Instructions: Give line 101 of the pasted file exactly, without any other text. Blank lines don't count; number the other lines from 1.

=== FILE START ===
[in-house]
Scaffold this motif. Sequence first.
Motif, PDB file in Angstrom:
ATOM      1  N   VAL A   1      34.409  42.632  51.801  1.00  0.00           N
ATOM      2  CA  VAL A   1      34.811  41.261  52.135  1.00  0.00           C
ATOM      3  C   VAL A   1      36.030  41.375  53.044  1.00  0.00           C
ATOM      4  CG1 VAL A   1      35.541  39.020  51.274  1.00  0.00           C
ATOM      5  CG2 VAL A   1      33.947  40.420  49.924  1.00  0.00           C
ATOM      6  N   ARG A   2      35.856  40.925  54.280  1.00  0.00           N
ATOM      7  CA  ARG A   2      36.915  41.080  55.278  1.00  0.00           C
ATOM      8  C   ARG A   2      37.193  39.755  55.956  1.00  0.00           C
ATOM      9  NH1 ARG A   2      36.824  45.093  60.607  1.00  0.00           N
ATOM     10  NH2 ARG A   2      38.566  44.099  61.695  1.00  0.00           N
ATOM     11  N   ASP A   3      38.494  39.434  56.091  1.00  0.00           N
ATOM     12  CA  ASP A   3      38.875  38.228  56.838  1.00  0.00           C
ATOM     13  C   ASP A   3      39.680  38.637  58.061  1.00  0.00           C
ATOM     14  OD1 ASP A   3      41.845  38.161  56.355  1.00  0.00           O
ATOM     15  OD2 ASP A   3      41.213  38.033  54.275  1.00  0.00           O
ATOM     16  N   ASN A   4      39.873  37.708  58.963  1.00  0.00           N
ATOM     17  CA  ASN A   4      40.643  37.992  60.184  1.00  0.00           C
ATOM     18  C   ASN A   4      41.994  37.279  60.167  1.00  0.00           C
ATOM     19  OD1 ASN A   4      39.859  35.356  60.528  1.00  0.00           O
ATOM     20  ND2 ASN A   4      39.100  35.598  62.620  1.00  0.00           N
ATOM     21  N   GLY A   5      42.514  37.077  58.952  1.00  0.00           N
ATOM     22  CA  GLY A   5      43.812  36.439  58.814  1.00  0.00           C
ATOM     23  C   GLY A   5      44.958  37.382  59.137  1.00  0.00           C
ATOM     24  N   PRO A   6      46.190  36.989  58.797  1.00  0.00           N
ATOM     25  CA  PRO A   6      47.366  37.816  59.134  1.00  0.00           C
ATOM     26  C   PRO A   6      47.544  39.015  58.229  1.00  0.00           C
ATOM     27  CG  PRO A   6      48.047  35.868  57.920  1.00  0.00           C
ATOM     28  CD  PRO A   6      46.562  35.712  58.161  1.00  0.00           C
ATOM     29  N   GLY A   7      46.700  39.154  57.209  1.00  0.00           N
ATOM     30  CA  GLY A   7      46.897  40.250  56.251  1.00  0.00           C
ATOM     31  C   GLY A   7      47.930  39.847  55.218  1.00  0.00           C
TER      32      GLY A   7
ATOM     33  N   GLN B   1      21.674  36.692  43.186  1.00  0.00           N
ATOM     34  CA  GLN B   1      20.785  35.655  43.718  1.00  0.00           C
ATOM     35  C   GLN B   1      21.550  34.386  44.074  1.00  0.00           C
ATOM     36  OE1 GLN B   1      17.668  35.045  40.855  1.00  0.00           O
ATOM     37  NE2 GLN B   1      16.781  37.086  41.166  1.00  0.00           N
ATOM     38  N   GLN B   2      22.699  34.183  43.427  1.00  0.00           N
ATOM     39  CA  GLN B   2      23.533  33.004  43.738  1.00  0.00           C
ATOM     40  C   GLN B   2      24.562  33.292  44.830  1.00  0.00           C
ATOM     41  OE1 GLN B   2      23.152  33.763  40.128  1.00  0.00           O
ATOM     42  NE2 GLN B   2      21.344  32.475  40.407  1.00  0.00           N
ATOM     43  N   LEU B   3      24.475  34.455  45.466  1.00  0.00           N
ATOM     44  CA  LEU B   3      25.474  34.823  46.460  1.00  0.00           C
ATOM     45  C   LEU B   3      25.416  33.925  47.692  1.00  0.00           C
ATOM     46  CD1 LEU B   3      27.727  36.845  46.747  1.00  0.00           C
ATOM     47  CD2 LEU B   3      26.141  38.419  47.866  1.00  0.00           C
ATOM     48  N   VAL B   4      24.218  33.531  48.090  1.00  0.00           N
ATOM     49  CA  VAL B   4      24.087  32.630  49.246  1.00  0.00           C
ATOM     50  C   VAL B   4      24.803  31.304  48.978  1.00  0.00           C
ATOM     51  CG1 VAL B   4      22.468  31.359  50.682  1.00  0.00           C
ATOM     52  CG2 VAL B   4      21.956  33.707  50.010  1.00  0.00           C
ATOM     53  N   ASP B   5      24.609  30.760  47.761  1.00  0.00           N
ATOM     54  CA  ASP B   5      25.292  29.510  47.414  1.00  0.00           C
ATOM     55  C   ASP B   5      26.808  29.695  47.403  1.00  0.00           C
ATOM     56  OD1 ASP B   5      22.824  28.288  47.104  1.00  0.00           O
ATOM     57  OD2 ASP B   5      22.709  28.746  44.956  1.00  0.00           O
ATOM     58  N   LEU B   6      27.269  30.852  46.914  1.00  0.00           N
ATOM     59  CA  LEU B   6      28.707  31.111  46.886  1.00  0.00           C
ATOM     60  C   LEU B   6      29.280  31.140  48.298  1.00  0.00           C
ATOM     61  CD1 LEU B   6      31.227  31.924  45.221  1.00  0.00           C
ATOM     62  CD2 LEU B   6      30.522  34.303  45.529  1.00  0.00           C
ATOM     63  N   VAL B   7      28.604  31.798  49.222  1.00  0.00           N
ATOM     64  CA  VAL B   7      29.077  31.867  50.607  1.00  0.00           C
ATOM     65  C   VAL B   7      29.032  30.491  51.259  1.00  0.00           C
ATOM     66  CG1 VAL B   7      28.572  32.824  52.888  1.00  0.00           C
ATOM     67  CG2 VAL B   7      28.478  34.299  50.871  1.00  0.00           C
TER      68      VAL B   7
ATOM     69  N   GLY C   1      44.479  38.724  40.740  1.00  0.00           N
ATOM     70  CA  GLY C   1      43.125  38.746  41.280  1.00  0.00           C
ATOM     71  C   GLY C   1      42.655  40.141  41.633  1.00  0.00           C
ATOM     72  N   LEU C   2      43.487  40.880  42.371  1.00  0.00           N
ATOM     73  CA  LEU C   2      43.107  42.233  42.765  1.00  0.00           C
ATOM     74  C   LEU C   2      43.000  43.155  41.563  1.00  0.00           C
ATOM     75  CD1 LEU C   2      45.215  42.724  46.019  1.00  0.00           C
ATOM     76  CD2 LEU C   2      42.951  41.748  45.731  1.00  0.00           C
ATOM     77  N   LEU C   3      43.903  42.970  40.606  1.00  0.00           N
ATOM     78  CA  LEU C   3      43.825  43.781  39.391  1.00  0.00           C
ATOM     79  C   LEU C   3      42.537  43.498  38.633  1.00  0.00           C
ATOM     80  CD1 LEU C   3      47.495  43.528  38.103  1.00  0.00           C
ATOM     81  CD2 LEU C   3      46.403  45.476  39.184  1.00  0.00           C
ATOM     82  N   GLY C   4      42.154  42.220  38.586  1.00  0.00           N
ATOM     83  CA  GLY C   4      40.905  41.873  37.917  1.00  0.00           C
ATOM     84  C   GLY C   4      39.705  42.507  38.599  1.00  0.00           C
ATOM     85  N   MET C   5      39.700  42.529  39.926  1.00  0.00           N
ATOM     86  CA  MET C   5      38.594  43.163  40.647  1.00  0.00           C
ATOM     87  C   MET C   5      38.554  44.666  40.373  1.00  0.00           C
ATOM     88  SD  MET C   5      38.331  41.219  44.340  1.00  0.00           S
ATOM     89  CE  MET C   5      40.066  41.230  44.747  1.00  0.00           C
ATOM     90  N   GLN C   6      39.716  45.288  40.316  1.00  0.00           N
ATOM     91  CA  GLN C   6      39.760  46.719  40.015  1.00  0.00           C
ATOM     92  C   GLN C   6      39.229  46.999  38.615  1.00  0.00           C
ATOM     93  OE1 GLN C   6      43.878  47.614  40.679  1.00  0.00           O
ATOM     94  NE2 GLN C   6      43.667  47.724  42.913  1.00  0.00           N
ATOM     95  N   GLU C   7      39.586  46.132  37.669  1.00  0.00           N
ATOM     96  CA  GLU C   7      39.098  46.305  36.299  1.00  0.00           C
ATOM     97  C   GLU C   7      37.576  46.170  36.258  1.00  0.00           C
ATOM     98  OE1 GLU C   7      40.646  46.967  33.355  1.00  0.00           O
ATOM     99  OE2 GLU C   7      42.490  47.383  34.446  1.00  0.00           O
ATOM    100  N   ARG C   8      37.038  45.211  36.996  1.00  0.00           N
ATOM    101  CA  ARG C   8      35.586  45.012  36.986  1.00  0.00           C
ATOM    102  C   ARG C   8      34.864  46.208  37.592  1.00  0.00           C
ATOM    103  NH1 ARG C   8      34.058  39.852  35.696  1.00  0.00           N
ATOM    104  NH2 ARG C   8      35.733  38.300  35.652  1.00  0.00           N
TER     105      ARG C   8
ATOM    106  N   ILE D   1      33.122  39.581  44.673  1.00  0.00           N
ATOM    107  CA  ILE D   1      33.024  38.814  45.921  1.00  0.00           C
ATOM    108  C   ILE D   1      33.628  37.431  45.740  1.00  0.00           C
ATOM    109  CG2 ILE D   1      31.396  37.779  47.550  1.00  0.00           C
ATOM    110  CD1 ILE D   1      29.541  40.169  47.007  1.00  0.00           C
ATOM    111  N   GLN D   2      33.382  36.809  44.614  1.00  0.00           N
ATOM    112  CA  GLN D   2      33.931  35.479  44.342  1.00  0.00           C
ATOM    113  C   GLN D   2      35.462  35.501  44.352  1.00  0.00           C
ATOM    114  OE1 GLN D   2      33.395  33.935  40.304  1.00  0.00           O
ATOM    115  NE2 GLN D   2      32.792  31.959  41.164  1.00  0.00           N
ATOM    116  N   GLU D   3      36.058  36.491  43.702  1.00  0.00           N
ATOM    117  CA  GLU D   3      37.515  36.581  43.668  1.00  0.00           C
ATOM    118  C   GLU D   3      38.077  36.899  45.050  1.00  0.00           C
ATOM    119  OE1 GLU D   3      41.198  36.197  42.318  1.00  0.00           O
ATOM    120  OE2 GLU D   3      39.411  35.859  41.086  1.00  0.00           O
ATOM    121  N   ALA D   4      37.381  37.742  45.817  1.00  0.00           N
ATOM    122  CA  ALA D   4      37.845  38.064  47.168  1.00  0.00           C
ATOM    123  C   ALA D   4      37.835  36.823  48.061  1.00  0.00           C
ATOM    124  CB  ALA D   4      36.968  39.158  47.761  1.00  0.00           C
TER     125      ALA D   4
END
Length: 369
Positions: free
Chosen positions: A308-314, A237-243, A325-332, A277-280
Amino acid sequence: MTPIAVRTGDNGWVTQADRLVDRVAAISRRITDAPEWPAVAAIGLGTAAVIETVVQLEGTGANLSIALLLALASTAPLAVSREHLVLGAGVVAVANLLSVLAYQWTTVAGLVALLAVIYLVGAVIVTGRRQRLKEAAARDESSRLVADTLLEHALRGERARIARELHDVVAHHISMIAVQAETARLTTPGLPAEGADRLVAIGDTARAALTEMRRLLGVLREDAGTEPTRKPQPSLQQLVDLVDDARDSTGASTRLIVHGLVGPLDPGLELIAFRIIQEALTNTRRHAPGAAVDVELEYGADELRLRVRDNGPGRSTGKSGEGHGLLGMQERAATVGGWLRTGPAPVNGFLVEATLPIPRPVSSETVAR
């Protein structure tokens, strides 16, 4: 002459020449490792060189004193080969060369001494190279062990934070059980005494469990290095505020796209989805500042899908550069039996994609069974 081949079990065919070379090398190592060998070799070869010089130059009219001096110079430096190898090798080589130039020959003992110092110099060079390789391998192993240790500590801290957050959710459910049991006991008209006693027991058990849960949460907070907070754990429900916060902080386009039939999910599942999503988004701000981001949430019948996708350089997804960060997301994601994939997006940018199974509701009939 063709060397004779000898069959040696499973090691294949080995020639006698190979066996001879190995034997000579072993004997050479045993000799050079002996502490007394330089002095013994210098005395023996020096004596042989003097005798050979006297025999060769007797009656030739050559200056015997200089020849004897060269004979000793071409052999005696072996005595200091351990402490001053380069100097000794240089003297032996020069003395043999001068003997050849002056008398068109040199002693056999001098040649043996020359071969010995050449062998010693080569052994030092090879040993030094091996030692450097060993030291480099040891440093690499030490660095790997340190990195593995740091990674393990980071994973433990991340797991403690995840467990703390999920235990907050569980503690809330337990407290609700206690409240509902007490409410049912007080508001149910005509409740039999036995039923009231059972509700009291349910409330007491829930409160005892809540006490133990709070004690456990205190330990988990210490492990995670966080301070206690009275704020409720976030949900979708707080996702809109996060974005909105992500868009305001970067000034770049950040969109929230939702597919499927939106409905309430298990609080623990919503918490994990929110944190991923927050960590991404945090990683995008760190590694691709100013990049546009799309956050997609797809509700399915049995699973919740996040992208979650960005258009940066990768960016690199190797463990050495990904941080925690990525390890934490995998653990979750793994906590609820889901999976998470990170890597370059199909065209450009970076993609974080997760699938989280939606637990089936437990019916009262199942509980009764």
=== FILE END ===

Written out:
ATOM     98  OE1 GLU C   7      40.646  46.967  33.355  1.00  0.00           O